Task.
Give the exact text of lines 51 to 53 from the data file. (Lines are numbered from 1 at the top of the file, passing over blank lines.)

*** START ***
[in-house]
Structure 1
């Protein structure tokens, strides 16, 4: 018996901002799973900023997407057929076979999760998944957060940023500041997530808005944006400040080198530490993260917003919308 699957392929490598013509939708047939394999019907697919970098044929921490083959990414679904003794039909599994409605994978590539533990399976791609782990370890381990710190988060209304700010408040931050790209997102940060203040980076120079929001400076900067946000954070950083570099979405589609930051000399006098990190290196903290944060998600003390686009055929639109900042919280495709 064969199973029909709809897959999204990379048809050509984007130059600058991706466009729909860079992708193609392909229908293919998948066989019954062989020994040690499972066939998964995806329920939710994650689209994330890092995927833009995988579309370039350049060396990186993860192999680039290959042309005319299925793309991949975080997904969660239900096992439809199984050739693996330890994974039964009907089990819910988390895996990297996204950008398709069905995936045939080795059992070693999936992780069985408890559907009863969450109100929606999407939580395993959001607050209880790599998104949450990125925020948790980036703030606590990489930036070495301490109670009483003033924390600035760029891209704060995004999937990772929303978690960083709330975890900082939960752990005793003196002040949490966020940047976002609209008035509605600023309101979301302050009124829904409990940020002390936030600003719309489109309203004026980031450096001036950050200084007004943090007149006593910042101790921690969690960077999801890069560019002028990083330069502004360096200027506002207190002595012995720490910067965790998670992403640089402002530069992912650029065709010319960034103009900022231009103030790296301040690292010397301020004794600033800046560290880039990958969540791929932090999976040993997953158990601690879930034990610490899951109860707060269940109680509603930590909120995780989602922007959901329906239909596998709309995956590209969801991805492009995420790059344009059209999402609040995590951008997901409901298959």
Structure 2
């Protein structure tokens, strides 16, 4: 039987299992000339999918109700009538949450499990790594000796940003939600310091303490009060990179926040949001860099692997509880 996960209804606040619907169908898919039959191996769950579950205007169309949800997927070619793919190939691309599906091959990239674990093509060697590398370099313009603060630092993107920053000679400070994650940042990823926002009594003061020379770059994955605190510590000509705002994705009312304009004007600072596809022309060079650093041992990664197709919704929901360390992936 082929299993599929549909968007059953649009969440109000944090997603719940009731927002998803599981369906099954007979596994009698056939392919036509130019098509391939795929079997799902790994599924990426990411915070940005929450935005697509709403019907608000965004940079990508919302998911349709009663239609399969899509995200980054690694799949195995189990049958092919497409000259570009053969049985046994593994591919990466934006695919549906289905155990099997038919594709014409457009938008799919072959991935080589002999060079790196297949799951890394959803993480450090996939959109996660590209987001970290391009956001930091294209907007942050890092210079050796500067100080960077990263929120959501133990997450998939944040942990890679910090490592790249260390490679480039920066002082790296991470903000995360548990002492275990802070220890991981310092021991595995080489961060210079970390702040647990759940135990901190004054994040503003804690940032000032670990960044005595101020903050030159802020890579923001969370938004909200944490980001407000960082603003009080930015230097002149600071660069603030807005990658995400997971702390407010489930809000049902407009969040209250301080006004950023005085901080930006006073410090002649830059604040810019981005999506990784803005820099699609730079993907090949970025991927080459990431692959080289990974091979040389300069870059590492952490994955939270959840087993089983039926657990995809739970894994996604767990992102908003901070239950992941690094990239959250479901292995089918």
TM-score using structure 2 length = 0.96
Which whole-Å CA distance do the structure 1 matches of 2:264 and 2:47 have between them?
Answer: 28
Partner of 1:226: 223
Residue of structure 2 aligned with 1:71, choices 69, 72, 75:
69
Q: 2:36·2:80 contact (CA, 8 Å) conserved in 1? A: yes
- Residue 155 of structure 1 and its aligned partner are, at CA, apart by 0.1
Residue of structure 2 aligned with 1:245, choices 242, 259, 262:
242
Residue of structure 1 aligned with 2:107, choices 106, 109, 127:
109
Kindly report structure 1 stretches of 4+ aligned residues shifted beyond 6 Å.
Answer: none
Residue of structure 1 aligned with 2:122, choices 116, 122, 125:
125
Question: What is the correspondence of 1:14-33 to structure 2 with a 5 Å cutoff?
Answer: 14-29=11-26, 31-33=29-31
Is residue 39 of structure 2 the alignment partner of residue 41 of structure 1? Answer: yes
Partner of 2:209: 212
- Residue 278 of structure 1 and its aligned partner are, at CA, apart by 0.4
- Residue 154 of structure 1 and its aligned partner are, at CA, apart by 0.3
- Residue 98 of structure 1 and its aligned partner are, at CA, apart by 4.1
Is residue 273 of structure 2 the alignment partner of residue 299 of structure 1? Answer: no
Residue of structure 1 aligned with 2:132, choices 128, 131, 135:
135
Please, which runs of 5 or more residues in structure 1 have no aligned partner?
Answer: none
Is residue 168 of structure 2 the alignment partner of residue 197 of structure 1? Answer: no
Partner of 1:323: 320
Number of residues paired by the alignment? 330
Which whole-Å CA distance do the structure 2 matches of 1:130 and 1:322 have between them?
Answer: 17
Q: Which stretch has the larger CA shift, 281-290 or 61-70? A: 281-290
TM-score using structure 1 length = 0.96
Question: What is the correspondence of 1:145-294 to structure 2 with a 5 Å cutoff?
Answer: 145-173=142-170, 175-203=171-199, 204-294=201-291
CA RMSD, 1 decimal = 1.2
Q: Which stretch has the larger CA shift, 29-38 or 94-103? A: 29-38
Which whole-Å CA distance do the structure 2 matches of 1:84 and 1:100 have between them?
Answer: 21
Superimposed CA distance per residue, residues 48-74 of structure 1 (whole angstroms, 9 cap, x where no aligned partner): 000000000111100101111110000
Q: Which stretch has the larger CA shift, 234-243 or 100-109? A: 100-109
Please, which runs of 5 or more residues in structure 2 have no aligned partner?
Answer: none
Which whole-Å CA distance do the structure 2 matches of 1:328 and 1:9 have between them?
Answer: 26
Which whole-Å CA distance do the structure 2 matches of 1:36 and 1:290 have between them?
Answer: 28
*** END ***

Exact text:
Which whole-Å CA distance do the structure 2 matches of 1:328 and 1:9 have between them?
Answer: 26
Which whole-Å CA distance do the structure 2 matches of 1:36 and 1:290 have between them?